First of all, what are some of the similarities and differences between these works? Like Jing-mei Woo, Rebecca does not learn the full story of her mother's past until her mother has died. The past of both mothers involves children born before the daughter to whom the story is told; these earlier children were left behind because of the circumstances in which the mother found herself at that time. In both these instances, the stories are told by others who wish the daughter to understand the mother more fully; both stories seem to give the daughter a better understanding of herself as well as of her mother. Story-telling may be even more central in The Joy Luck Club, with the stories told as lessons throughout the daughters' young lives.
With reasons stating that the mother’s tone is too harsh, or that she doesn 't listen and address her daughter when she speaks out, or even that the mother seems to rush through all that she has to tell her daughter. While all of those points may seem valid they can be refuted by exposing that two of the arguments made against the original point, that the mother is loving, can be based on a person’s view and opinion. As one reads the story their minds goes to assumptions based on past experiences and those can cloud their mind. The tone and the speed how the mother tells her daughter all of this information is based on a reader’s assumptions and/or interpretation of the story, not facts. To refute the other argument that the mother does not specifically address her daughter’s outburst is that in the story she does address the outburst, just not in the ways that would seem conventional.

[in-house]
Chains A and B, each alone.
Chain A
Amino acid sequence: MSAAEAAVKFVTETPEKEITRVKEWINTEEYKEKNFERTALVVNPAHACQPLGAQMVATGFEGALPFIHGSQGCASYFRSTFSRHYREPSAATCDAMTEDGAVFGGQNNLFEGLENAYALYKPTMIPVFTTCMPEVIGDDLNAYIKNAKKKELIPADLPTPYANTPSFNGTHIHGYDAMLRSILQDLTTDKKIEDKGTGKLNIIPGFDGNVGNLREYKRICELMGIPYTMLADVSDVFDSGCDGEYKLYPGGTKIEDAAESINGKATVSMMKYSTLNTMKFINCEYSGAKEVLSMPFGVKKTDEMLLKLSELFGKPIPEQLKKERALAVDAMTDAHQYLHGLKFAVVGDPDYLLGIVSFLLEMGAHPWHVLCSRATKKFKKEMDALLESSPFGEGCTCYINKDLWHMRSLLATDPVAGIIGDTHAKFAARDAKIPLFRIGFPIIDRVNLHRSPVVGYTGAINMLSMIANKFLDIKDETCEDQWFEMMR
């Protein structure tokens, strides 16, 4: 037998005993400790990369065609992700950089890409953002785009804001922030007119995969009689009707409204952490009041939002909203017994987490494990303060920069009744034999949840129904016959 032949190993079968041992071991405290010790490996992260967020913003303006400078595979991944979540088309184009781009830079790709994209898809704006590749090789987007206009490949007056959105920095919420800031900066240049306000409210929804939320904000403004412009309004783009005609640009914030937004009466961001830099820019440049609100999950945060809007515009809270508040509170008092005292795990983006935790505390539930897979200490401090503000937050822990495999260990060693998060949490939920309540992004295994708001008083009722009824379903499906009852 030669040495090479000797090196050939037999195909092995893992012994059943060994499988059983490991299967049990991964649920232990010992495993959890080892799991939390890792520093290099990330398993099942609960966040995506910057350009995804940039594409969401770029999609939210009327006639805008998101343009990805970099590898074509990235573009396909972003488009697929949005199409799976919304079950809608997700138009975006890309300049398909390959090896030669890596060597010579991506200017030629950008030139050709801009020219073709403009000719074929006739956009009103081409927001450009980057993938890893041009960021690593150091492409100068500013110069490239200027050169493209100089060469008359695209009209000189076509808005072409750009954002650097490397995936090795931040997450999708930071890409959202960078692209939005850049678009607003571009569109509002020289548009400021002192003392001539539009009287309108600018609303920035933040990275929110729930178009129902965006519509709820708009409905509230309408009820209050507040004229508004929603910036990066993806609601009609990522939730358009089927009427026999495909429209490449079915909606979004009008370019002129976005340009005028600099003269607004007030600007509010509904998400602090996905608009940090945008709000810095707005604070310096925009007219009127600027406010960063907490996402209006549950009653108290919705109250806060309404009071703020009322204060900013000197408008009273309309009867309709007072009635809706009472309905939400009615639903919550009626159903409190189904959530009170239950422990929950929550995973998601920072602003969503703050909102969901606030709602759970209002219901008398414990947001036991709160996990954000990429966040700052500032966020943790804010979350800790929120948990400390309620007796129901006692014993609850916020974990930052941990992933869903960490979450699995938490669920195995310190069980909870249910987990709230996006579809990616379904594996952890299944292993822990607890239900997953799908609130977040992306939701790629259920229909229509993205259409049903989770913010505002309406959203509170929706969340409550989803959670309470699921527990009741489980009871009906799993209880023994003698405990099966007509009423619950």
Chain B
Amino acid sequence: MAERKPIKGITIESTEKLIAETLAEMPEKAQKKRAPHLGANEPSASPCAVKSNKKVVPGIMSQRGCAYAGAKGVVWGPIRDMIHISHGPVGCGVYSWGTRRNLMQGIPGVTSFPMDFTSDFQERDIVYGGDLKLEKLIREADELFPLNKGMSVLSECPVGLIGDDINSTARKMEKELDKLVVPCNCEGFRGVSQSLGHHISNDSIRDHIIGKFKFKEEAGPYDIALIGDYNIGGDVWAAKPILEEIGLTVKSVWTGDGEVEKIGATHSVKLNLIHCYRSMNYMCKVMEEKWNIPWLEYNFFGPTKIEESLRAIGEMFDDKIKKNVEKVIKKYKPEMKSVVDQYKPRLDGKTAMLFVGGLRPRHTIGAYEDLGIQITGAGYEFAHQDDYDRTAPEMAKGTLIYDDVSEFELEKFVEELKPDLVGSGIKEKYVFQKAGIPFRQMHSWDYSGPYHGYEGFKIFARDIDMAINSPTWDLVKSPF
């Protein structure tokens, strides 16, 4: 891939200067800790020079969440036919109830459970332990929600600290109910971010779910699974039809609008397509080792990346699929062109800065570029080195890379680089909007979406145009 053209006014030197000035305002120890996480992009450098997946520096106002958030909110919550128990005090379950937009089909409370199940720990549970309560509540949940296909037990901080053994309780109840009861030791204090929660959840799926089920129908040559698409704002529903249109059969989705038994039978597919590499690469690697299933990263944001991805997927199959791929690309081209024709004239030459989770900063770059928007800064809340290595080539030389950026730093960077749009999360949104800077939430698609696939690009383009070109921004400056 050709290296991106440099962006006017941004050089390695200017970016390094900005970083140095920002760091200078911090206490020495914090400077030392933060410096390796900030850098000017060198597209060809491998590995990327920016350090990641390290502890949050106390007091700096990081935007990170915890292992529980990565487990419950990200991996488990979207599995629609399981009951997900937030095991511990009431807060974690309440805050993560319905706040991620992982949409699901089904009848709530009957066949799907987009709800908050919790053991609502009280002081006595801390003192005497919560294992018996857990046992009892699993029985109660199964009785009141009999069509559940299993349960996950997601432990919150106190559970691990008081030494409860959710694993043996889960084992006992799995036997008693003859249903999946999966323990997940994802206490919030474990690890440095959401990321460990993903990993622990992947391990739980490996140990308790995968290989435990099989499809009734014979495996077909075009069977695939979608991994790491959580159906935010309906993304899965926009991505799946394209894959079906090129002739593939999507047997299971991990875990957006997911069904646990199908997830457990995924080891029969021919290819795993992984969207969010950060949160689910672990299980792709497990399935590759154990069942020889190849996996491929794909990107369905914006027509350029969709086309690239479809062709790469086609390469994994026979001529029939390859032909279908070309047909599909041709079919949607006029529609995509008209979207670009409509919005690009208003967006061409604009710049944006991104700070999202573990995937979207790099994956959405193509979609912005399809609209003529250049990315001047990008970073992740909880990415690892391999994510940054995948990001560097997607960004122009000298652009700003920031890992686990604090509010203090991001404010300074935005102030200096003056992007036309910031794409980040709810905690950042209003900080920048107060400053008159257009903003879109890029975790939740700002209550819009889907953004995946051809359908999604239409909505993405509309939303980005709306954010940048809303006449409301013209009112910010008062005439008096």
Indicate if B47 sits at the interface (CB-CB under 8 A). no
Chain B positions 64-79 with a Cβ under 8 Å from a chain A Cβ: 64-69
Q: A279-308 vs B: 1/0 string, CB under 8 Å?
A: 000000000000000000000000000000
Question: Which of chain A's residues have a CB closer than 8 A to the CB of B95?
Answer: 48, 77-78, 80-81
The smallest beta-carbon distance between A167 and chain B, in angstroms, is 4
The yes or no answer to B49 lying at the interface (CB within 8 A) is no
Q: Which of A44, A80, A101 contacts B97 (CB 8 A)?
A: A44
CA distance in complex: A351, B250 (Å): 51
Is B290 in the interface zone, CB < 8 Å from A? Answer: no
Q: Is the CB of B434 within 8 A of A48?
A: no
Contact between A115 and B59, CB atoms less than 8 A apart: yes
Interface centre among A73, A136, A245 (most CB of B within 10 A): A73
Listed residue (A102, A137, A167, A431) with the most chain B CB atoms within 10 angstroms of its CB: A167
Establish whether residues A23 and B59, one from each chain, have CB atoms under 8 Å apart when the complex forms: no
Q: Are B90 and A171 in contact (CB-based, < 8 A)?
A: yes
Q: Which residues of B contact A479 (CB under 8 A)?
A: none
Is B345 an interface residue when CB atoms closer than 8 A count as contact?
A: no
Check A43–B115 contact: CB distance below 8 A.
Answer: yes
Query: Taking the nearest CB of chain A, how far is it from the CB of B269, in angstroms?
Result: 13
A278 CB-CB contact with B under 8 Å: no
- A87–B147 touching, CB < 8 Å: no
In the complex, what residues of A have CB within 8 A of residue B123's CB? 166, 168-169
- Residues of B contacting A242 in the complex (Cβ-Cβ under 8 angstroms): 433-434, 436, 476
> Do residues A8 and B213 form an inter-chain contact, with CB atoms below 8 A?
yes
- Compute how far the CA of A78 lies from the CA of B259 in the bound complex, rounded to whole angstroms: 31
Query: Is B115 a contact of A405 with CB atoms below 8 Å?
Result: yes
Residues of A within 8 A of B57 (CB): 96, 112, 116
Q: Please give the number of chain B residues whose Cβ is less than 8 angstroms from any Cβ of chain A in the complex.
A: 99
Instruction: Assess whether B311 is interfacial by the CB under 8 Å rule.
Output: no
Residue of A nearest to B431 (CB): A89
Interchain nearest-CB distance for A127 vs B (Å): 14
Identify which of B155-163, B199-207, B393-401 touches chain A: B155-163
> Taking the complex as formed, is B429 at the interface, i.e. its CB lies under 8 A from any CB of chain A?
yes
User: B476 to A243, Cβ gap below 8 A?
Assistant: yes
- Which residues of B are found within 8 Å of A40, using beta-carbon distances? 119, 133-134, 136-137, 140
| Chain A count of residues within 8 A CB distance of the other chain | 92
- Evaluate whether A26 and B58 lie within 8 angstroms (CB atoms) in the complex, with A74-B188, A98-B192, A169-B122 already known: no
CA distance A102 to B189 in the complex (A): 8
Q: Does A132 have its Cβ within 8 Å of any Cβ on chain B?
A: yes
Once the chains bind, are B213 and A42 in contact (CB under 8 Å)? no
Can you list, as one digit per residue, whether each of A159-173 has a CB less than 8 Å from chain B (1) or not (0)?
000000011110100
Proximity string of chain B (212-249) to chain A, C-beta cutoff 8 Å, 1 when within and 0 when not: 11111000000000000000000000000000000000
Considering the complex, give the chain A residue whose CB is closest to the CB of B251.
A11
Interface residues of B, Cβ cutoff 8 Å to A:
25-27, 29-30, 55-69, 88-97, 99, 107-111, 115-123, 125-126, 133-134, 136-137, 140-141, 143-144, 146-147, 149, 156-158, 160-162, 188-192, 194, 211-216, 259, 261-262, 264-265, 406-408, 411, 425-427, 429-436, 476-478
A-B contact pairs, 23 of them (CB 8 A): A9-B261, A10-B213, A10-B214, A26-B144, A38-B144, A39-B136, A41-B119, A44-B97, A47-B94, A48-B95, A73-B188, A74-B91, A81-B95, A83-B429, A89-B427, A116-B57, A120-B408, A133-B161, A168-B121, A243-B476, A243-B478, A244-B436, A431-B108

Analysis of Two Kinds by Amy Tan In the story “Two Kinds”, the author, Amy Tan, intends to make reader think of the meaning behind the story. She doesn’t speak out as an analyzer to illustrate what is the real problem between her and her mother. Instead, she uses her own point of view as a narrator to state what she has experienced and what she feels in her mind all along the story. She has not judged what is right or wrong based on her opinion. Instead of giving instruction of how to solve a family issue, the author chooses to write a narrative diary containing her true feeling toward events during her childhood, which offers reader not only a clear account, but insight on how the narrator feels frustrated due to failing her mother’s expectations which leads to a large conflict between the narrator and her mother.
The story commences with the request of an unknown speaker, “I wish you would manage the time to come in and talk with me about your daughter. I’m sure you can help me understand her. She’s a youngster who needs help and whom I’m deeply interested in helping.” (2) The mother seems to be caught off guard, “Even if I came, what good would it do? You think because I am her mother I have a key, or that in some way you could use me as a key? She has lived for nineteen years.